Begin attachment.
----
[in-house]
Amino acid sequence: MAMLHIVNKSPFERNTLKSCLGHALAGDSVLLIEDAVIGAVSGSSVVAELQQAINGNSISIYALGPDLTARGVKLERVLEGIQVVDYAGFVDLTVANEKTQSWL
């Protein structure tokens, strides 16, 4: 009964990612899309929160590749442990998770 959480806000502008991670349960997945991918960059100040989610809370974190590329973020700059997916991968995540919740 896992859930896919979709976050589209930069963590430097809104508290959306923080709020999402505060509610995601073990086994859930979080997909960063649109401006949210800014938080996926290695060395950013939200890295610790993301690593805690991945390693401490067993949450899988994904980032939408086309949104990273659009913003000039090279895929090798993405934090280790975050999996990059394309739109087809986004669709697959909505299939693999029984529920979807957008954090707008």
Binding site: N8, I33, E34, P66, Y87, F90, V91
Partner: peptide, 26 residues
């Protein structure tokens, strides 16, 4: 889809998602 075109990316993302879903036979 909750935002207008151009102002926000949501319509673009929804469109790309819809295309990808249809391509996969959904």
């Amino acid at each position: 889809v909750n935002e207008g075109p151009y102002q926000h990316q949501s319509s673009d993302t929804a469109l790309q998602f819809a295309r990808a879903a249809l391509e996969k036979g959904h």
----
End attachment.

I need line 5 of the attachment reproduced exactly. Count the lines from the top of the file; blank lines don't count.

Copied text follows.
Partner: peptide, 26 residues